Both Python and Java have access modifiers in classes public, private and protected.

Java code can be organized as classes in object-oriented form, Python supports both OOP and also a procedural form of simple commands flow.

Runtime Speed

With regard to runtime speed, Java is a winner compared to Python. More information can be found in this project.

But, Python can use high-performance libraries like numpy, opencv, and tensorflow where the speed will be the same as Java and C++.

Very often Python is useful for solving tasks where computing performance is not critical.

Garbage collectors

Python counts references to allocated objects and free memory if data is not used by the garbage collector.

In Java, memory is allocated for objects only. Then JRT supports an effective garbage collector for objects allocated in memory.

Lambda

A lambda expression is a block of code that is treated as an object.

Python supports lambda function. For example: 

x = lambda a : a * 2

This code will return value multiplied by 2, in this case, 4.

From JDK 8 Java supports lambda expressions. For example:

a -> 2 * a

Both Python and Java work great with lambda expressions.

Exception handling

Python has unified operators for exception handling, such as try/except/finally. It is highly recommended to use them for input/output operations, calculations, working with libraries, calls, etc. Please find an example in Python documentation:

  try:
    block-1 ...
  except Exception1:
    handler-1 ...
  except Exception2:
    handler-2 ...
  else:
    else-block
  finally:
    final-block

Java has try/catch/finally exception handling operators, so it helps to solve many problems with running code. This is an example from W3school:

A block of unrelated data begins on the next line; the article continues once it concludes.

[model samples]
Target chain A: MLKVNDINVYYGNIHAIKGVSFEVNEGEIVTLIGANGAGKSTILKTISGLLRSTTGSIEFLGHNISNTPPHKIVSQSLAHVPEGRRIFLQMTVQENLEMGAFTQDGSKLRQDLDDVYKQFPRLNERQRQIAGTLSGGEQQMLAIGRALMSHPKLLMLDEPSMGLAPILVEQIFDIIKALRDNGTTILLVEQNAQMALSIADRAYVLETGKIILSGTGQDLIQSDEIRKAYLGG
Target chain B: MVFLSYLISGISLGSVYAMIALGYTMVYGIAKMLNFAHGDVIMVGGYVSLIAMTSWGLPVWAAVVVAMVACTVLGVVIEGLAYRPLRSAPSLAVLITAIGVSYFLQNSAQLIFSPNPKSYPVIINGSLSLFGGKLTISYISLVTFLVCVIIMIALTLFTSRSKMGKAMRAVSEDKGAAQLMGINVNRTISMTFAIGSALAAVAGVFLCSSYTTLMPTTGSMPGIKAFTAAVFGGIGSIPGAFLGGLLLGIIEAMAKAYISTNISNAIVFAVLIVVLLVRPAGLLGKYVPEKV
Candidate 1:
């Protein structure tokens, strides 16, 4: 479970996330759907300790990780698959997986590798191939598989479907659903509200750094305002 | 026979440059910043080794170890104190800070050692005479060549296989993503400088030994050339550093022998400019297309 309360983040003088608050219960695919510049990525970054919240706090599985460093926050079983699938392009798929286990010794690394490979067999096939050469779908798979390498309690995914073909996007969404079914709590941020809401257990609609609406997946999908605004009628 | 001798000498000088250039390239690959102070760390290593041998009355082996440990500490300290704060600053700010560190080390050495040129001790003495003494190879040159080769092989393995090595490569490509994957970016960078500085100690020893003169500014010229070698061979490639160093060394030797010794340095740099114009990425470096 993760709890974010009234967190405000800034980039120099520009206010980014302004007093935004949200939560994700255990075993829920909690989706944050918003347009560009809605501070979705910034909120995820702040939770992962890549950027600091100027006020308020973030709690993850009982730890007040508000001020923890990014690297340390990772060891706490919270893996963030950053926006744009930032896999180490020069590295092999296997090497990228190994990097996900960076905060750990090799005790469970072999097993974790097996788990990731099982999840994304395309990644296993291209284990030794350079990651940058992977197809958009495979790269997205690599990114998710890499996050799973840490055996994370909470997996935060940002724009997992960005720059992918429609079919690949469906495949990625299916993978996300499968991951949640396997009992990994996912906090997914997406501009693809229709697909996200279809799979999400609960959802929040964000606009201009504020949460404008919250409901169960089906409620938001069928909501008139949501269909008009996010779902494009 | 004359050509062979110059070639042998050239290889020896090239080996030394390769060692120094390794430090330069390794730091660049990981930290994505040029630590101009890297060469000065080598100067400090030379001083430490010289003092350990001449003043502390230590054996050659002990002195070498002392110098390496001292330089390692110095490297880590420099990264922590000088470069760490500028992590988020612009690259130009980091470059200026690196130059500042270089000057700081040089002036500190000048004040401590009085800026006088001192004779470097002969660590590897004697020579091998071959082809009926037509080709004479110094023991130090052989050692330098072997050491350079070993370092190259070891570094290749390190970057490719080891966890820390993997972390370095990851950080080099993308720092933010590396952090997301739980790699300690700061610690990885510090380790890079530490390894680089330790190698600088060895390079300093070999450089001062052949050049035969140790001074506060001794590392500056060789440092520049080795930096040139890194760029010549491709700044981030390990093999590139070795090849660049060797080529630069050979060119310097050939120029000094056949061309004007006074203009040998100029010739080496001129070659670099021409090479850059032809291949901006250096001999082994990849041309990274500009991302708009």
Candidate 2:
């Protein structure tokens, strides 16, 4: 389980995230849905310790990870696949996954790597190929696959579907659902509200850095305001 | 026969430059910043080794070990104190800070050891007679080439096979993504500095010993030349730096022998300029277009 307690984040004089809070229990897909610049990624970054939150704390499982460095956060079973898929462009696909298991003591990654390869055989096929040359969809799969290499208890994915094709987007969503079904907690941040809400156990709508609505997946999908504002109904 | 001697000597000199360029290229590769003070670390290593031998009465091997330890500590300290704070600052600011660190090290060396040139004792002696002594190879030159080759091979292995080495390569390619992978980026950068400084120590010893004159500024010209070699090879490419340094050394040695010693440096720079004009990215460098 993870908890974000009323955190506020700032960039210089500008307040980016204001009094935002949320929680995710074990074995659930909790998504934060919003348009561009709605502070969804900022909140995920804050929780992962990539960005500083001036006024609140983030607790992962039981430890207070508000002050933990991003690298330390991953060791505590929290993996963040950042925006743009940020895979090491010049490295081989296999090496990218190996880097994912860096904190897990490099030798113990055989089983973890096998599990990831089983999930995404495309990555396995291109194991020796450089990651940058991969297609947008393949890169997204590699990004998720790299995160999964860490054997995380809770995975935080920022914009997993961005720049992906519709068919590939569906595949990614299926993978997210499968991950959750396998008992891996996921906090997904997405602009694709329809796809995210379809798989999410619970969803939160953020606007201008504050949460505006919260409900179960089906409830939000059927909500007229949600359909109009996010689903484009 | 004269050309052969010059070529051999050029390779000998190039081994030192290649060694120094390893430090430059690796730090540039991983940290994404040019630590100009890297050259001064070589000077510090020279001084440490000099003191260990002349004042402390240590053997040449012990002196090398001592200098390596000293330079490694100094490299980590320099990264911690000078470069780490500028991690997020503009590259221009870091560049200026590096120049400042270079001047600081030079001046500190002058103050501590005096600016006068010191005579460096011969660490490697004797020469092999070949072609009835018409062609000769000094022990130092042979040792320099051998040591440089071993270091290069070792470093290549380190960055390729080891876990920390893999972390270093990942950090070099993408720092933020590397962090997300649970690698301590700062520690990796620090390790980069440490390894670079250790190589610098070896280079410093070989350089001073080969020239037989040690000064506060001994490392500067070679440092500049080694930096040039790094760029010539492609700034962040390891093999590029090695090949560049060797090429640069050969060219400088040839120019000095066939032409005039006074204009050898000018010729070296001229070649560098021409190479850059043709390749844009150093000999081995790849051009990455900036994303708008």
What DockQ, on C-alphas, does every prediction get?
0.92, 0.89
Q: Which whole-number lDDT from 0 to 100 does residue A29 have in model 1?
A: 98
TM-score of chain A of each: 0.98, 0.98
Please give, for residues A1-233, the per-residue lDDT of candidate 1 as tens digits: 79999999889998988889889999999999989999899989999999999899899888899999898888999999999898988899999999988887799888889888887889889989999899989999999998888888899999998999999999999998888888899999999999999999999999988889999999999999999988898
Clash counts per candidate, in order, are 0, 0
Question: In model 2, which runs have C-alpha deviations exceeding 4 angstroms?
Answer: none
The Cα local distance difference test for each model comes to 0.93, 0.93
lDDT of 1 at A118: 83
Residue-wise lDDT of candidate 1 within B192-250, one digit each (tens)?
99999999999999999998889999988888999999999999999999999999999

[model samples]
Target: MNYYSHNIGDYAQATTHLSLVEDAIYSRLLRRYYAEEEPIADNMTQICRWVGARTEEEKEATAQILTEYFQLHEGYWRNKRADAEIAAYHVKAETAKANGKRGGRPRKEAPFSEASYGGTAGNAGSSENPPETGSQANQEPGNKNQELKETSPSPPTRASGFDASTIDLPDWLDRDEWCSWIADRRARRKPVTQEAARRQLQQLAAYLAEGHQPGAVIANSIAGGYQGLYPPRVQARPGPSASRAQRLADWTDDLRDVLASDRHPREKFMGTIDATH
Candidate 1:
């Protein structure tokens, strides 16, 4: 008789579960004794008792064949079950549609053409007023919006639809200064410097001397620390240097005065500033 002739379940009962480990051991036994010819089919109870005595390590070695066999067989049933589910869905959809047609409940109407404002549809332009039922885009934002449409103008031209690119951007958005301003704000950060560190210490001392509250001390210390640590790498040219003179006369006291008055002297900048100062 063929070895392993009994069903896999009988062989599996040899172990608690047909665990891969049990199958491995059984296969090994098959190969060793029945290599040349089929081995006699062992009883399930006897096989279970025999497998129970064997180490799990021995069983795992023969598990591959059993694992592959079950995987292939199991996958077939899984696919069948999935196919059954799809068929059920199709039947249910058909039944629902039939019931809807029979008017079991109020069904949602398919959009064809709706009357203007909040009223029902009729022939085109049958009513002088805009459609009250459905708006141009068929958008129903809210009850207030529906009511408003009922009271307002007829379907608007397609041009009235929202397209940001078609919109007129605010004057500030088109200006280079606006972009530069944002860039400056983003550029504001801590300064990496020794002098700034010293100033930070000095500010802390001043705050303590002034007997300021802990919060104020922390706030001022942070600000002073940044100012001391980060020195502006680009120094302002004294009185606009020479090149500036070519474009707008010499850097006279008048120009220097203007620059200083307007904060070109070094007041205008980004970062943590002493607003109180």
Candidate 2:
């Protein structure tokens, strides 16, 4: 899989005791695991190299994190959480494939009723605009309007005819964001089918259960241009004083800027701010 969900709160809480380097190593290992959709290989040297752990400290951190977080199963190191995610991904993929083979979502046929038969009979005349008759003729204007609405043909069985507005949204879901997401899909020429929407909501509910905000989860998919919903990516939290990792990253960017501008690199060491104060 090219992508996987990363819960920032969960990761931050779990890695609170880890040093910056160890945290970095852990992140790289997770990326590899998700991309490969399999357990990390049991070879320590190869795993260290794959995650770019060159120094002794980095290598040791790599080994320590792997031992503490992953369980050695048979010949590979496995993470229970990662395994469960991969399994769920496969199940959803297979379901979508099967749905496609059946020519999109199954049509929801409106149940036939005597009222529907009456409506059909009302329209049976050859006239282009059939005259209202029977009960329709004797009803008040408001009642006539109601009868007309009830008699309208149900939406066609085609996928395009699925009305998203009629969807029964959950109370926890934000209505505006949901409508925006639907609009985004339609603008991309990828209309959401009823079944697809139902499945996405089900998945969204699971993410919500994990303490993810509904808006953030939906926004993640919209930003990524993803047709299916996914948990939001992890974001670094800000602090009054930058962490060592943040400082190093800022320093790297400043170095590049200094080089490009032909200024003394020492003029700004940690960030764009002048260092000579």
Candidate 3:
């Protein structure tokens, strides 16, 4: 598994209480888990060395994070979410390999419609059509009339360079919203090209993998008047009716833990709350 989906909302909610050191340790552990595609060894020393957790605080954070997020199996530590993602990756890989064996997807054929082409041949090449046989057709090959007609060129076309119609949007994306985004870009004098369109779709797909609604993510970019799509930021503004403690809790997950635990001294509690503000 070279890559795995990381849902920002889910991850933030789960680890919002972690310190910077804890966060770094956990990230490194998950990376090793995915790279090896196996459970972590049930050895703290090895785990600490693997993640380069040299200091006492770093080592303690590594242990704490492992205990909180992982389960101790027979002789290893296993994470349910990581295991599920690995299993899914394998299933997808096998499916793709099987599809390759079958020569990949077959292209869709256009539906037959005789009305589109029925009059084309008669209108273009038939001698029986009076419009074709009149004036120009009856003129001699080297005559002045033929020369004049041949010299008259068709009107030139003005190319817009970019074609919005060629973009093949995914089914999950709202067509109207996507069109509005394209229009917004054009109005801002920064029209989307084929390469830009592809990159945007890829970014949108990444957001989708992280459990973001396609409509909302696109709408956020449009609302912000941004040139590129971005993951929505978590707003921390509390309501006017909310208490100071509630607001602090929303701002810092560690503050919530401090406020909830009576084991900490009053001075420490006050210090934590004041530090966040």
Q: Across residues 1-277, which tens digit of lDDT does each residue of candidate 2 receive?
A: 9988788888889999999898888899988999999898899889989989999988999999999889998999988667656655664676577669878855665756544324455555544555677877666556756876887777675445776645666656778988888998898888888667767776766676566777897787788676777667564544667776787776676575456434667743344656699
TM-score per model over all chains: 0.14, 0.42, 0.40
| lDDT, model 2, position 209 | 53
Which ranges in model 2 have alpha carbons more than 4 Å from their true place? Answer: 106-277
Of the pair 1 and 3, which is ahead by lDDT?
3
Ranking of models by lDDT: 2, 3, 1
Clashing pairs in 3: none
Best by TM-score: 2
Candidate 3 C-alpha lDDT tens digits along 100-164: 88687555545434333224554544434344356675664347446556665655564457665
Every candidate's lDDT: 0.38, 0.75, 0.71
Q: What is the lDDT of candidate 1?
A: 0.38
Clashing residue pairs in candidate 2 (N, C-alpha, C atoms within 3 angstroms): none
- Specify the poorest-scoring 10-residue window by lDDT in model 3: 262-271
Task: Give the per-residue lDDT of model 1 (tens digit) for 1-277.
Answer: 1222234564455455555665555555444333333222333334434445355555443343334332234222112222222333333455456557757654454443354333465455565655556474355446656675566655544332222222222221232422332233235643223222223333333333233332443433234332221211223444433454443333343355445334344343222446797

public class MyClass {
    public static void main(String[] args) {
      try {
        int[] myNumbers = {1, 2, 3};
        System.out.println(myNumbers[10]);
      } catch (Exception e) {
        System.out.println("Something went wrong.");
      } finally {
        System.out.println("The 'try catch' is finished.");
      }
    }
  }

Coding Conventions

Coding conventions are a set of rules and agreements on the design of the code and the style of writing programs, the unification of technical solutions in programming. The coding convention helps make the code the same throughout the project, regardless of the time of the development or the author of the code. This makes the code easy to read and understand for all project participants.

Python has a great style guide, known as PEP8. Java has great coding conventions from Oracle. Many companies have their own coding conventions adopted for specific needs and corporate culture. Coding conventions, together with the documenting system (Pydoc and Javadoc accordingly), promote keeping the code at the necessary level of quality.

Unit testing

Python and Java both have very good integration with the unit testing system.

Python has a testing framework, unit test, that has become standard. This allows creating effective unit tests with minimum time. This framework has all kinds of assets to make unit tests accurate.

Java has a testing framework, JUnit, that is accepted as the standard for Java applications. This framework is very well integrated with IDE and other tools such as continuous integration systems.

Installing new libraries

Python has very good support for installing new libraries with the pip tool. For instance, to install the numpy library simple type command: